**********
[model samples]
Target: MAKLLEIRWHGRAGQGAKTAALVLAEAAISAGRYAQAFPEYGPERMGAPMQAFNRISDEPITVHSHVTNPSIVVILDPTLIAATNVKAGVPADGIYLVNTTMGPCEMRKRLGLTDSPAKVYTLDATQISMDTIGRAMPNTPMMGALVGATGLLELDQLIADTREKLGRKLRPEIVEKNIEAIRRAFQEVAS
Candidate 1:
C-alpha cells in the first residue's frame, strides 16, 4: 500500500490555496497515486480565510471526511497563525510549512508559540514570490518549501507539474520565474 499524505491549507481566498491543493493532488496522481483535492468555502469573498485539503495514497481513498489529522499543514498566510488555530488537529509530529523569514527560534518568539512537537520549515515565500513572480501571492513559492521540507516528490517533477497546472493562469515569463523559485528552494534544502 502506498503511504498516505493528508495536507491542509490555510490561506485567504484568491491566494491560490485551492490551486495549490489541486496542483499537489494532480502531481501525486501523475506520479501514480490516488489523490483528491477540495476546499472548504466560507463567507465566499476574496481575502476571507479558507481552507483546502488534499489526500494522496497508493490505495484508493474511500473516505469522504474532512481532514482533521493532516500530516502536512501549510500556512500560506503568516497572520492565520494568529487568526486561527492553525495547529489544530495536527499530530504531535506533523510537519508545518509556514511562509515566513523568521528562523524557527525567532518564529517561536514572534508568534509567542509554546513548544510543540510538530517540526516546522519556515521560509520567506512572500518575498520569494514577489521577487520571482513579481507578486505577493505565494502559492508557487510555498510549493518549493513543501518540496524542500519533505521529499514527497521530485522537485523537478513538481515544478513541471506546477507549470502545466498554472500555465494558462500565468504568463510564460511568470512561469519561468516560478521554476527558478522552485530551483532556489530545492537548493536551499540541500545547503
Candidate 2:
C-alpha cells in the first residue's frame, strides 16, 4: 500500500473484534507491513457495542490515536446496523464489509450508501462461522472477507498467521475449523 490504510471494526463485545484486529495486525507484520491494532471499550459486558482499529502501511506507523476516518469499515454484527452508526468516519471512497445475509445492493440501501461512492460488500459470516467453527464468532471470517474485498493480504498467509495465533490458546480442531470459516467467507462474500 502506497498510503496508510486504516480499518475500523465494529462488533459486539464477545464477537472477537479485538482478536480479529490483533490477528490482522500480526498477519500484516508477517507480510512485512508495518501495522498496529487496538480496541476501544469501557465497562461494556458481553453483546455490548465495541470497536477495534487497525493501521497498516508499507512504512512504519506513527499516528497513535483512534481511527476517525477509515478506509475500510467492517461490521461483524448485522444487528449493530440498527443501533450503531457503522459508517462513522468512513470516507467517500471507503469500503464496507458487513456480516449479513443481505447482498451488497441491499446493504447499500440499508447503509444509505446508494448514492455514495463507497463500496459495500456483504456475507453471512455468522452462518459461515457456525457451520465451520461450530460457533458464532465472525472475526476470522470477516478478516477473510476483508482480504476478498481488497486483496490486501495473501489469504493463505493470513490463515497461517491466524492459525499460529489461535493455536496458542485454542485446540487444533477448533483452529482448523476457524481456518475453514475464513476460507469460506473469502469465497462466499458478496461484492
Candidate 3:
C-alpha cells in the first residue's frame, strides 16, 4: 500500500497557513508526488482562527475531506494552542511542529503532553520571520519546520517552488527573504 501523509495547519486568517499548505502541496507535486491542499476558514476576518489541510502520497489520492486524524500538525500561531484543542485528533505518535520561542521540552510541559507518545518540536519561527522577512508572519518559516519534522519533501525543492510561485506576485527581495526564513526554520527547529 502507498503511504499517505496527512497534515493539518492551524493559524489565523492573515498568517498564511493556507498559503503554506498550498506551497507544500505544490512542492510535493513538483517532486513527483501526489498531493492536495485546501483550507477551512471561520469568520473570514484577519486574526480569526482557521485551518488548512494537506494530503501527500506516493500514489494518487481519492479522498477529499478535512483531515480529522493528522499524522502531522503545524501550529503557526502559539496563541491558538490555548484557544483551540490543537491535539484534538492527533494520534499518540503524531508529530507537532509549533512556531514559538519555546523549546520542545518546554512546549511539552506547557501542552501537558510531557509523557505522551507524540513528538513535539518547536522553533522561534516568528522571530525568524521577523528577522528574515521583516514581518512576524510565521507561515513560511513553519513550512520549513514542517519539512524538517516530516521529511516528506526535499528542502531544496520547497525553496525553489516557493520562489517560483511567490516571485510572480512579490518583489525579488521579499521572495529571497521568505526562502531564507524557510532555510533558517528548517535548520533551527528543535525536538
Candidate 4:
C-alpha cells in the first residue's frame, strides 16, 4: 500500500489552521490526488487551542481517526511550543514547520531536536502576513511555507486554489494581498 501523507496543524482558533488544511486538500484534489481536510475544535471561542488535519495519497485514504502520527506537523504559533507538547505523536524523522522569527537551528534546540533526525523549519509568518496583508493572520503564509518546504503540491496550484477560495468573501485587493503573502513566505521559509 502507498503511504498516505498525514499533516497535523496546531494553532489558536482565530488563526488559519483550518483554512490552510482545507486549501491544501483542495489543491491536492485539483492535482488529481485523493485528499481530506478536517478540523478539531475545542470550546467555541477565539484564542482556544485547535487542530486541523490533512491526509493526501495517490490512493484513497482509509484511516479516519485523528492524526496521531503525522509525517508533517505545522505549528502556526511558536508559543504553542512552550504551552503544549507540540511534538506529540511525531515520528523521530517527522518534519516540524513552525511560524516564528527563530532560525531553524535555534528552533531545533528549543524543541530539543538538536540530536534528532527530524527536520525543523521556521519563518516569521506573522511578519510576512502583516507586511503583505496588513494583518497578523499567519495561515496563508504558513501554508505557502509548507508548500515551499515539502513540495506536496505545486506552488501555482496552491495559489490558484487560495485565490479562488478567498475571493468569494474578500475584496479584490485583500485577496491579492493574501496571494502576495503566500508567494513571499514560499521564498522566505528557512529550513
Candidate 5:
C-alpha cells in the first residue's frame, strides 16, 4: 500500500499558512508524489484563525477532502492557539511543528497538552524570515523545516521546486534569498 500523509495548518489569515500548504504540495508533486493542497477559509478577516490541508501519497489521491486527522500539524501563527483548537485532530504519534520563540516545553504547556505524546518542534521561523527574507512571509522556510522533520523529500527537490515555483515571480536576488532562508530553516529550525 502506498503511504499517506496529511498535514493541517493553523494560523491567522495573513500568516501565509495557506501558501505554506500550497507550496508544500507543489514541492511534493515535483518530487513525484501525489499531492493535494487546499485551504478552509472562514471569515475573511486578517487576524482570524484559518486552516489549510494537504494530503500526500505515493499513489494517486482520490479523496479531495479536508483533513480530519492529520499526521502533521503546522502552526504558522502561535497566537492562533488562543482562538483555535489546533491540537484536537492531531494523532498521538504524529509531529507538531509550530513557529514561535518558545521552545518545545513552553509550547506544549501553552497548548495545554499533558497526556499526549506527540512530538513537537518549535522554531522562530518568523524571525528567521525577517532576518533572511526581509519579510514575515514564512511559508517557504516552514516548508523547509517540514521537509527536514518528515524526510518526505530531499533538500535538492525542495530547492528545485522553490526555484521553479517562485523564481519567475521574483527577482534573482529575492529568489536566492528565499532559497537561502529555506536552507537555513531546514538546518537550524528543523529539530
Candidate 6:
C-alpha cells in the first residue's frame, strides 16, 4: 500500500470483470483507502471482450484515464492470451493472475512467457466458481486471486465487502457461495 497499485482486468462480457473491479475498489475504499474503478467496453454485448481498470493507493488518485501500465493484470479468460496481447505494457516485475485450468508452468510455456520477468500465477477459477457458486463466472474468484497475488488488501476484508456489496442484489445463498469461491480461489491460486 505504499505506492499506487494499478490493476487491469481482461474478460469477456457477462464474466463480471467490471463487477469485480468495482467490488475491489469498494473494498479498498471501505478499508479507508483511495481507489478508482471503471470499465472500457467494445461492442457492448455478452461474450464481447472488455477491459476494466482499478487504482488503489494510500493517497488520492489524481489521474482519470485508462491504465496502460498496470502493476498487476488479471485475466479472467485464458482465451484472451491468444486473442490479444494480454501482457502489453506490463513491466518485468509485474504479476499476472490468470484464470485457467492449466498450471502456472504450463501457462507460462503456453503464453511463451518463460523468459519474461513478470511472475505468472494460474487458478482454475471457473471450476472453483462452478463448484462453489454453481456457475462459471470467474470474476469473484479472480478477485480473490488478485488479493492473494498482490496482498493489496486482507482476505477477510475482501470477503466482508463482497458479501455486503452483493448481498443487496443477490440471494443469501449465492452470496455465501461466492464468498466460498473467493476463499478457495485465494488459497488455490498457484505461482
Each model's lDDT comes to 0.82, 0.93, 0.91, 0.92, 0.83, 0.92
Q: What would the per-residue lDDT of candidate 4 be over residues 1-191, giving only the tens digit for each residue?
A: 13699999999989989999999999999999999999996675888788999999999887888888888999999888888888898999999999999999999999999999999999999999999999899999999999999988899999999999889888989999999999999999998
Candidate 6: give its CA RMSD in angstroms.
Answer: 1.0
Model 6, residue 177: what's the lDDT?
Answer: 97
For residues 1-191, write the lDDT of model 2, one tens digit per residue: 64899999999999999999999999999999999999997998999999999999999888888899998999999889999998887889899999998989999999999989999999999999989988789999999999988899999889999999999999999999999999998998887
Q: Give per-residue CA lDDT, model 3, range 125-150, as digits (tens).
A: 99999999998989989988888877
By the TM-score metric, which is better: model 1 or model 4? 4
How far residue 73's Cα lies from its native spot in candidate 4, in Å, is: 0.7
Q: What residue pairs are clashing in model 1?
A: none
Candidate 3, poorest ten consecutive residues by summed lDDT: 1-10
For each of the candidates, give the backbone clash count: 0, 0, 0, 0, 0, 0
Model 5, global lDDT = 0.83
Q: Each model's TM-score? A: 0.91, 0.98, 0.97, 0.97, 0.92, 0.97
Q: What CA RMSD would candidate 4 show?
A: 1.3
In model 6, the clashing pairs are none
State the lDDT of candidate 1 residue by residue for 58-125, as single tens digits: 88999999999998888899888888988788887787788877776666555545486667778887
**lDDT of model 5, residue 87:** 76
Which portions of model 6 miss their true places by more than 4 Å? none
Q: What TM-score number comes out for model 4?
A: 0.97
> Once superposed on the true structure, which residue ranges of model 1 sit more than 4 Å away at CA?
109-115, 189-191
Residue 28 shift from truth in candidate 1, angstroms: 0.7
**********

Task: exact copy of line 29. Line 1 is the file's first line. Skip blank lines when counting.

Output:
Candidate 3, poorest ten consecutive residues by summed lDDT: 1-10